Android 12 New features
With a snappy motion that reacts to your touch and dynamic color capabilities that can change based on your wallpaper, Android 12 is our most personalized operating system ever. Your favorite friends are always accessible on your home screen thanks to an update to even the widgets. And Android 12 is made to be accessible for even more users with a more roomy redesign, improvements to color contrast, and new functions to aid those with low vision. Additionally, Android 12 comes with a few additional functions. The majority of the new features offered some quality of life improvements, which we appreciate even though there are no knockout blows. Here is a summary of the Android 12 new features.
- Screenshots that scroll
Although scrolling screenshots have been around since Android 11, formal support is highly appreciated. This functionality was implemented and maintained in the third beta build. It’s a rather easy task. To acquire a scrolling complete screenshot, take a snapshot as usual and then click the Capture More option. If you wish to crop, you can do it from there. Additionally, additional capabilities were added to the screenshot editing section, such as the ability to add text and other items.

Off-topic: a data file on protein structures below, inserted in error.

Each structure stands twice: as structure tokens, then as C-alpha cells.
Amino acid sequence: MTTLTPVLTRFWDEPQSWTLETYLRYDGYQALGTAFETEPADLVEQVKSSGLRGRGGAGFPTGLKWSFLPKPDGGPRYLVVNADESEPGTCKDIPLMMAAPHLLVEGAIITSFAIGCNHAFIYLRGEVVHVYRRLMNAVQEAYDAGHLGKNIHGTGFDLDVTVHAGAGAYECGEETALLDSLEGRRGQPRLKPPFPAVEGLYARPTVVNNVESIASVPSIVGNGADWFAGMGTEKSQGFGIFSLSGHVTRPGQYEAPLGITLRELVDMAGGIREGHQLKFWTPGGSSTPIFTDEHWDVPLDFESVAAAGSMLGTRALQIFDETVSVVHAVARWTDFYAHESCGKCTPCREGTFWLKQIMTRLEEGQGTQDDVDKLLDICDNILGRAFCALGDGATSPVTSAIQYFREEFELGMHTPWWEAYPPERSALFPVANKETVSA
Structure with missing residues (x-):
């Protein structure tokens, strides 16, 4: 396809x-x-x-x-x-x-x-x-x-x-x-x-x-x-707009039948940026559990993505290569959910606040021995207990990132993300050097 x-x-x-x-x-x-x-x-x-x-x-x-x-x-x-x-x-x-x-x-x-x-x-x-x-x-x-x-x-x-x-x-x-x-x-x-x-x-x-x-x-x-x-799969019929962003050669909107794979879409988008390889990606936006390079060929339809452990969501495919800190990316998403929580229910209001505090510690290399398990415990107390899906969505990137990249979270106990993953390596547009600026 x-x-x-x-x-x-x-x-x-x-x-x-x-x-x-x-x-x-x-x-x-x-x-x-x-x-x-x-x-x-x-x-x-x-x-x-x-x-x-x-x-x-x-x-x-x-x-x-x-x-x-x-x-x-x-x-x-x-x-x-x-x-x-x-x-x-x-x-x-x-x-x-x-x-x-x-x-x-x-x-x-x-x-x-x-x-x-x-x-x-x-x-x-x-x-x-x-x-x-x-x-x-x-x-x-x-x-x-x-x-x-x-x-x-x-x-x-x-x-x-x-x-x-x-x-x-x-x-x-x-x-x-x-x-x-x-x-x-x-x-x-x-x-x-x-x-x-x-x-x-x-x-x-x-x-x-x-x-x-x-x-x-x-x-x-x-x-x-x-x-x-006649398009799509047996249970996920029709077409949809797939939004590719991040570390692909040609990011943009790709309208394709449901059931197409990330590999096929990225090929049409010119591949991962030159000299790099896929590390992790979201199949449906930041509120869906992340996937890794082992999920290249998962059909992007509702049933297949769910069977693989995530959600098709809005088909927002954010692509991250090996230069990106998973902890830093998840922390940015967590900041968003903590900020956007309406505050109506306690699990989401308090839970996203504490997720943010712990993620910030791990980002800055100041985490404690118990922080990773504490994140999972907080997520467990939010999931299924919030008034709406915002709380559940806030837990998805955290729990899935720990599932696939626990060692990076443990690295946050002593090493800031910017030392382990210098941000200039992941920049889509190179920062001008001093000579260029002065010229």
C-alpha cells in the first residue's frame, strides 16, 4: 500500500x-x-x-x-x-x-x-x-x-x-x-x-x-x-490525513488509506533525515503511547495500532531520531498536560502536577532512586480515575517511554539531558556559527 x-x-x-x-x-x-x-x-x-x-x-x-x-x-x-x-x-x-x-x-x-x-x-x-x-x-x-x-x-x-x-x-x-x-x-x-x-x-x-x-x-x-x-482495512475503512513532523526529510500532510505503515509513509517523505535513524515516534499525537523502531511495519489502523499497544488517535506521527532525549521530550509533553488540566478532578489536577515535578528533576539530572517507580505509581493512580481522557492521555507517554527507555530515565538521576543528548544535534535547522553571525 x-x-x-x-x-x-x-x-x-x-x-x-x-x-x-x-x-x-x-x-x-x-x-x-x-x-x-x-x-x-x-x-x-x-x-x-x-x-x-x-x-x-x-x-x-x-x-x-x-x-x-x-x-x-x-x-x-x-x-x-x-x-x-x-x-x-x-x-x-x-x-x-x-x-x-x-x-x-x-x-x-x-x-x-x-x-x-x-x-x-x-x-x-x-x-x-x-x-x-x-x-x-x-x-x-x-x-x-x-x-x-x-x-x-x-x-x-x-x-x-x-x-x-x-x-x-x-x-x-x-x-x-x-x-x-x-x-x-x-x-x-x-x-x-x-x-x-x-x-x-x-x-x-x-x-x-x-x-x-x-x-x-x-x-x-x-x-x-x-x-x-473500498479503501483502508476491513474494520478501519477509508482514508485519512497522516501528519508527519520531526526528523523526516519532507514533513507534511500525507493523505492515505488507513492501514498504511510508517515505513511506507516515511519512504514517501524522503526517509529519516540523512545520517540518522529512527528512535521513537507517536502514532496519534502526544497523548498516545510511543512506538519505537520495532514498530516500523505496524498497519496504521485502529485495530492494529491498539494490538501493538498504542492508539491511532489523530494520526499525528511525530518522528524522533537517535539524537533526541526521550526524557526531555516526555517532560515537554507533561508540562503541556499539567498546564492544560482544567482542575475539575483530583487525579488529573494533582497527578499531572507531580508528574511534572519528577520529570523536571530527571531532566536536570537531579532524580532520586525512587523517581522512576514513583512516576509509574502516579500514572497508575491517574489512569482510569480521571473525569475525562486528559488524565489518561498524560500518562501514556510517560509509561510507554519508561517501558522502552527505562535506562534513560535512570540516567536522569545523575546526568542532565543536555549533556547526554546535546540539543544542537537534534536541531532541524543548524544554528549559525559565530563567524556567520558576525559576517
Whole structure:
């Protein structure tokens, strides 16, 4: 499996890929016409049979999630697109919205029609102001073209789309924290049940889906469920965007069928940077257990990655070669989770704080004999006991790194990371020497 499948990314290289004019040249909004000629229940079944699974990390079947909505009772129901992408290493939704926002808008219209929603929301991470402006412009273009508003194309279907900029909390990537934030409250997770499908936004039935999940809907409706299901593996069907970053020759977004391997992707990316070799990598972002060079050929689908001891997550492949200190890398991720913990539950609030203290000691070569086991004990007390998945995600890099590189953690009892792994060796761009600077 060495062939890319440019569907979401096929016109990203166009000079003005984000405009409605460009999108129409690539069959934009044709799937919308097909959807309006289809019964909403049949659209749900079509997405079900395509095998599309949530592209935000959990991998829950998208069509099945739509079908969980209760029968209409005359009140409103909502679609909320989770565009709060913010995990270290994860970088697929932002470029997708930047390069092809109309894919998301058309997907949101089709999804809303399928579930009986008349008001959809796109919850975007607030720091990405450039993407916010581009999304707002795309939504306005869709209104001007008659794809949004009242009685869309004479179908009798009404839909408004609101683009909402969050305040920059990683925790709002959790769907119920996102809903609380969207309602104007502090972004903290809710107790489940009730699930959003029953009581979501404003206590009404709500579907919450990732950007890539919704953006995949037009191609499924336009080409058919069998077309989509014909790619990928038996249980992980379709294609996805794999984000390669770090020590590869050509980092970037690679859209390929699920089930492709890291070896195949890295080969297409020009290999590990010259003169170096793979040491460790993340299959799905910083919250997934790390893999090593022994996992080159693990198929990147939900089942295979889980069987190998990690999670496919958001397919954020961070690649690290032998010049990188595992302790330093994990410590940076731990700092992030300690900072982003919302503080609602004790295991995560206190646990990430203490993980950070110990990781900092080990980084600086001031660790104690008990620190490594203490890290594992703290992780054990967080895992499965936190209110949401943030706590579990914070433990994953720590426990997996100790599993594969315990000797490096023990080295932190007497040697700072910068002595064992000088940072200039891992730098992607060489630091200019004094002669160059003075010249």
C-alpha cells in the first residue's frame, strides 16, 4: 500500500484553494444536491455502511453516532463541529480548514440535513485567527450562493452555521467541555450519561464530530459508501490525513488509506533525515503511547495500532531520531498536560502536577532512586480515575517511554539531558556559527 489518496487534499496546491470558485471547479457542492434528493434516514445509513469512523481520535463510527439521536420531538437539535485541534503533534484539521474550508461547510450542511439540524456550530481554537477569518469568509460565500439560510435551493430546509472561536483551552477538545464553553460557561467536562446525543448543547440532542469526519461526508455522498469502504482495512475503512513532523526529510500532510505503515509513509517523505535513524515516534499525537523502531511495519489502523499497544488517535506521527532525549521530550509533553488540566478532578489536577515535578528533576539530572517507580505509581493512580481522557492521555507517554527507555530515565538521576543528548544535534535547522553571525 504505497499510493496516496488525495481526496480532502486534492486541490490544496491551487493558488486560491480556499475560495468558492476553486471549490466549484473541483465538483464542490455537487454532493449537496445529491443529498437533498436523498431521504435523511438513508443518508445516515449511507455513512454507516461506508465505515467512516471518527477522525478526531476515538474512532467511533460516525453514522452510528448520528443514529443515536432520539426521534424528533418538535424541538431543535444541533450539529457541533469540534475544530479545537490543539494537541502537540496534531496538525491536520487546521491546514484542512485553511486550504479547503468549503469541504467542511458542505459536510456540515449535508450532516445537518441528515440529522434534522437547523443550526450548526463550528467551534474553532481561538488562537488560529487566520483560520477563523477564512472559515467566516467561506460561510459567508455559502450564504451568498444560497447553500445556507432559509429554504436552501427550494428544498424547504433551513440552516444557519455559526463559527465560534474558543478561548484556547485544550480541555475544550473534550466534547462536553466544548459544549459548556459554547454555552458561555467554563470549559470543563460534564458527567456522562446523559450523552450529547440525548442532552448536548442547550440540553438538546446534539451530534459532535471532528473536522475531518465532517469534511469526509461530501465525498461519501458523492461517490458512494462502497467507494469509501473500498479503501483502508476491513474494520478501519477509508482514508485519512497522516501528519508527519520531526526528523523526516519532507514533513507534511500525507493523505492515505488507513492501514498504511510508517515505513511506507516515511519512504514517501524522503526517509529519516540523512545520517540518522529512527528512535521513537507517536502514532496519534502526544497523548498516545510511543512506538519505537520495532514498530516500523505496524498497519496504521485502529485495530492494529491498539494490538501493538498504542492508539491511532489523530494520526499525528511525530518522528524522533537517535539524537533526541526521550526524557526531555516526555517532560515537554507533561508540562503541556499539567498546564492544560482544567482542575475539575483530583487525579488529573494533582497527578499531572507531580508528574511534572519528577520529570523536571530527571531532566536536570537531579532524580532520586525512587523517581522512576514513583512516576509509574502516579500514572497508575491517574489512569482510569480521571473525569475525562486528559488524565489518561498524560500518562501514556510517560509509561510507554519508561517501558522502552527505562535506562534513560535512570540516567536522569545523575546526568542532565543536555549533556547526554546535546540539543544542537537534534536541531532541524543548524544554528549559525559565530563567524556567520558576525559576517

- App Search
A useful new feature is AppSearch. It enables app-based searching. It has long been available on other operating systems like Windows. In essence, the search can access your apps’ internal workings and produce search results from them. A search for something you typed in a note, for instance, can lead you directly to that note without requiring you to open the app. There are countless applications for the feature, which operates offline. You may even search for music, and the results will come from your preferred streaming service. According to Google, AppSearch should use fewer resources and produce results more quickly than in-device searches.
- An enhanced auto-rotate
The accelerometer on your phone has been used to control auto-rotate for years. When your phone is turned on its side, it notices, and the screen follows suit. In Android 12, face detection for auto-rotate is introduced. In essence, your phone scans your face and spins itself only when it detects a change in orientation. Since the phone won’t rotate, you can do things like sleep on your side in bed.
- One-handed mode
One-handed mode is a native feature of Android 12. You can find it in the Settings by selecting System, then Gestures. The setting reduces everything to half its original size. Similar to multi-window mode, but with the top half of the screen empty. On taller phones, the one-handed mode makes it simpler to access virtually anything with one hand.